A rare study on live-streamed concerts.
Erika Pursiainen, MBA student at Laurea University of Applied Sciences, studied what engages viewers with a live-streamed concert. According to the findings, viewers can be engaged on two levels: in a two-way, interactive relationship with both other people involved in the concert and the technological solutions used in the production. Being one of the few human-centered studies on concert live streaming, the thesis provides valuable information for a field that has not yet been widely documented.
Creating engaging live-streamed concert experiences requires holistic, strategic planning from the production team. An engaging live-streamed concert experience can be considered as interplay between different people (online viewers, venue audience, musicians, host) and audiovisual aspects (visuals, lighting, audio) involved in a live music production.
The viewer wants to participate actively in the live-streamed concert to stay entertained. Interacting with other audience members online and at the venue as well as with the performers, including the host, and participating in different activities during the concert all create a sense of community and inclusion for the viewer. The possibility to choose camera angles, the position in the room, affect the lighting and hear the concert as if you were there create a live feel and an experience as close to the venue experience as possible.
Virtual reality and different interactive tools that encourage active participation are going to play a big part in engaging online audiences with live-streamed concerts in the future. If the viewer can also be offered something special, something that cannot be experienced through any other channel, engaging experiences can be created. Getting access to exclusive places and views during a live-streamed concert and hearing stories and details no one else gets to hear makes the viewer want to be a part of the experience.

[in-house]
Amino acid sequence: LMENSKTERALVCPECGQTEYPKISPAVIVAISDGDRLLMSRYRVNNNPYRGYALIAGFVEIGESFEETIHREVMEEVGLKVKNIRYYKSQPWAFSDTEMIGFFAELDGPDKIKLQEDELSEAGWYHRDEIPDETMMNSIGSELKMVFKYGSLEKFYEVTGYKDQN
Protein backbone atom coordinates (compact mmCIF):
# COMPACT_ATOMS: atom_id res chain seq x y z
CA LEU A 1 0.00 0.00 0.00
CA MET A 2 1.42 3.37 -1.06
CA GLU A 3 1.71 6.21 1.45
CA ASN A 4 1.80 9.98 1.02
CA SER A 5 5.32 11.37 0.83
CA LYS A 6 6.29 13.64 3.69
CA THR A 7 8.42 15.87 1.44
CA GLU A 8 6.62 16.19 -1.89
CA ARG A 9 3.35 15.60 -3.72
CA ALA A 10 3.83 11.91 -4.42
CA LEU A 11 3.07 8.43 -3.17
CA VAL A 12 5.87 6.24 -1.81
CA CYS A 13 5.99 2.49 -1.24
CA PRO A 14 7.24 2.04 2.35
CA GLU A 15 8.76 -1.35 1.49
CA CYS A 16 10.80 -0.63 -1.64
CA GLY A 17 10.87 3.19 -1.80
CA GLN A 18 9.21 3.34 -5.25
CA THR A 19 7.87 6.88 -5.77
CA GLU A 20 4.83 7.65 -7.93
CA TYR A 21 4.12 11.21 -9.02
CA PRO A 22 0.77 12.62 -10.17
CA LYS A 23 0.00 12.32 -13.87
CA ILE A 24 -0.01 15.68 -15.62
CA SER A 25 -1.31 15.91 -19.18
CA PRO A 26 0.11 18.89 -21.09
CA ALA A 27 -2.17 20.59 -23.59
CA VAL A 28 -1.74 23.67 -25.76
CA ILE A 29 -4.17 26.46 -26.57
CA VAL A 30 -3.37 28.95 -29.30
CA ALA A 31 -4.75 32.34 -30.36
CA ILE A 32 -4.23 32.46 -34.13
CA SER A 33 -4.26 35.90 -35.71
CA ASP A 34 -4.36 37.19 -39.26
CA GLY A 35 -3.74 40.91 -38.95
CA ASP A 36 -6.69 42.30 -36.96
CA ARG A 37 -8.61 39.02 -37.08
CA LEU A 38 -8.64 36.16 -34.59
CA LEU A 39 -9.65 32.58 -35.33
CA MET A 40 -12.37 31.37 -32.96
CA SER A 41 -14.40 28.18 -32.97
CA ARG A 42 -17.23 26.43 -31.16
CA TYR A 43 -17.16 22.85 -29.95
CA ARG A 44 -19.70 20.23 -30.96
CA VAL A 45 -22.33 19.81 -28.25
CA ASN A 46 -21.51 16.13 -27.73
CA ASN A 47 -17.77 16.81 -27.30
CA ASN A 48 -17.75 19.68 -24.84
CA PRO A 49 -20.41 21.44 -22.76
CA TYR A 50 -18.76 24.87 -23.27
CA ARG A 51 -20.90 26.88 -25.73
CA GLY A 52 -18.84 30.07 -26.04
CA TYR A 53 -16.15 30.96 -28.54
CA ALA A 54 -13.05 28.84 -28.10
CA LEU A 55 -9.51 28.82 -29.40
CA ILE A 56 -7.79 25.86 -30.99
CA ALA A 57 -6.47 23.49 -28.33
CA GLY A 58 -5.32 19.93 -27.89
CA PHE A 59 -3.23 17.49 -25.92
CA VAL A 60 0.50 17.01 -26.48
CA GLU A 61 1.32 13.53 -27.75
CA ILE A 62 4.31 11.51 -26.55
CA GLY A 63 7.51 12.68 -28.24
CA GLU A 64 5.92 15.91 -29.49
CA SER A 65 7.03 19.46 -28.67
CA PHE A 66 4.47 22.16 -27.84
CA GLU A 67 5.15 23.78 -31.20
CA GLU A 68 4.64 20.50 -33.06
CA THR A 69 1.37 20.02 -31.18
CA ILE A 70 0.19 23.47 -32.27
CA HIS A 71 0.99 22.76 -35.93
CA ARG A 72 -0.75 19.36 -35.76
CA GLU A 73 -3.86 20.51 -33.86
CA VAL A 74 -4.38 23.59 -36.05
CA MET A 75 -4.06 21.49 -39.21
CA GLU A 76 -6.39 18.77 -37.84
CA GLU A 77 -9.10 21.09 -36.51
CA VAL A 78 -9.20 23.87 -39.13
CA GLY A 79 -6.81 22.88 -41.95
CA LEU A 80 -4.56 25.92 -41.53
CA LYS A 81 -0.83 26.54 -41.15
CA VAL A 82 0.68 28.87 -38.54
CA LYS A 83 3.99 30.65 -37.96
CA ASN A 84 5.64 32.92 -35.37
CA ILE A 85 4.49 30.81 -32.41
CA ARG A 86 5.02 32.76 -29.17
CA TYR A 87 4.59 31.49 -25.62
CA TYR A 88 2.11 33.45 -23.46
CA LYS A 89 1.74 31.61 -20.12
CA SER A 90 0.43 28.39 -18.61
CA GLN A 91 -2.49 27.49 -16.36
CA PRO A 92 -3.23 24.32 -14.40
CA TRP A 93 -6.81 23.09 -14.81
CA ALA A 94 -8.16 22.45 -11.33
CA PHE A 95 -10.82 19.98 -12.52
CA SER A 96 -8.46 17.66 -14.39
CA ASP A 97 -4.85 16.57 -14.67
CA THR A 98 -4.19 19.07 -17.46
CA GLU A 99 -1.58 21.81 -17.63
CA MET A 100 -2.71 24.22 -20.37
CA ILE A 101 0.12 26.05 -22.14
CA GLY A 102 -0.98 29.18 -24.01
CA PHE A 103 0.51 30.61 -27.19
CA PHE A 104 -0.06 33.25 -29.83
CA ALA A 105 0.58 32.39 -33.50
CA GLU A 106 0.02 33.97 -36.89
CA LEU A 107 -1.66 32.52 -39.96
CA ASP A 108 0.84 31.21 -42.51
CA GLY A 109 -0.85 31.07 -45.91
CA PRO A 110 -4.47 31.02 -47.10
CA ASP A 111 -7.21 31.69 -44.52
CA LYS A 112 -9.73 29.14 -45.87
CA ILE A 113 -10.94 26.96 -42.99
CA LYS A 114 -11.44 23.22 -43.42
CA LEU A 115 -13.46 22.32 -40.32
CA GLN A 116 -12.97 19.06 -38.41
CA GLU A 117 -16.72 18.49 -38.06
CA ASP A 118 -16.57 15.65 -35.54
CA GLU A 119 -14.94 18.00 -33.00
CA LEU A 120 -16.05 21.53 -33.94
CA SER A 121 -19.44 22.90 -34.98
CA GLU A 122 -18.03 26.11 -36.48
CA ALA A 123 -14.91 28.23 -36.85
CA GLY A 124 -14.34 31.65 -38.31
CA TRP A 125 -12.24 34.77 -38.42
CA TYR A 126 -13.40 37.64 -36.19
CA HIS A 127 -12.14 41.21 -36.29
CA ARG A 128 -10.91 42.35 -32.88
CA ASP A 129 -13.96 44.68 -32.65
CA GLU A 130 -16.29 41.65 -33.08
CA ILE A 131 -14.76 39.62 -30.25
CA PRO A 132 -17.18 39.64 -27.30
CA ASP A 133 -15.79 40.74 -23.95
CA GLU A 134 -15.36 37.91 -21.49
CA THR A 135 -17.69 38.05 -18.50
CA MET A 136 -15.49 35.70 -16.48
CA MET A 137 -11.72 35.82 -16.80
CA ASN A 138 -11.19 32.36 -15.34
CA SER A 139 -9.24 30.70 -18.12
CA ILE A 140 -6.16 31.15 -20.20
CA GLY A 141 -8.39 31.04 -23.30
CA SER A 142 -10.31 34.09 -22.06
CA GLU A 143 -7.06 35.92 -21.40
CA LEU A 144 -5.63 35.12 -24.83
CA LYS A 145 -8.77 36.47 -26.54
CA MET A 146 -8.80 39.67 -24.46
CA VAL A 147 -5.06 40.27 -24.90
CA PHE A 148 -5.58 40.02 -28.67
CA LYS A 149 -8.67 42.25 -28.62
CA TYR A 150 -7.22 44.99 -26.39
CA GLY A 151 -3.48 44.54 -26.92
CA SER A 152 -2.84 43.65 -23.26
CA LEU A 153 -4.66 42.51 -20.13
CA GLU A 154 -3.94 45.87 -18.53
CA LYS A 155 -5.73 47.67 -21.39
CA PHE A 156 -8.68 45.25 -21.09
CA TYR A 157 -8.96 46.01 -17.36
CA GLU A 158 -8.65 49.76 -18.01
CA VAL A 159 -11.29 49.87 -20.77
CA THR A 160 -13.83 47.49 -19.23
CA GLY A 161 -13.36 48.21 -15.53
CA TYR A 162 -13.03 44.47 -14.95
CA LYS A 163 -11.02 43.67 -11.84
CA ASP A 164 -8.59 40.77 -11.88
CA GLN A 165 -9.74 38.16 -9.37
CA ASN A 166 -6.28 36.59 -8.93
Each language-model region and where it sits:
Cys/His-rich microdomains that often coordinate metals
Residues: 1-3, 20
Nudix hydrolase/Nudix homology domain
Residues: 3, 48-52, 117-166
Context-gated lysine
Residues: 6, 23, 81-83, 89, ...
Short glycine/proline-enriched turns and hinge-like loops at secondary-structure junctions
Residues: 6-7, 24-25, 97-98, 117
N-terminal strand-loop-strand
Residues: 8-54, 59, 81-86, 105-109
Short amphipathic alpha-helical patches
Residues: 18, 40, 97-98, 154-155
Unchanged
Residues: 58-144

This new data on concert live streaming can help content producers, both professional and amateur, to create memorable live-streamed concert experiences for their viewers. The thesis offers several concrete tools to harness interaction and participation in live-streamed concert productions to activate the viewers and hold their attention.
The thesis was a service design development project. The data was gathered during a co-creation session in Nashville, Tennessee, United States in spring 2015 in cooperation with The Nashville Loop, a live streaming startup, and Whiskey Jam, a singer-songwriters’ night. The session gathered together 15 fans of Whiskey Jam to innovate on an engaging live-streamed version of their favorite concert.
Erika Pursiainen's Master's thesis can be found here.
Degree Programme in Service Innovation and Design, Laurea University of Applied Sciences
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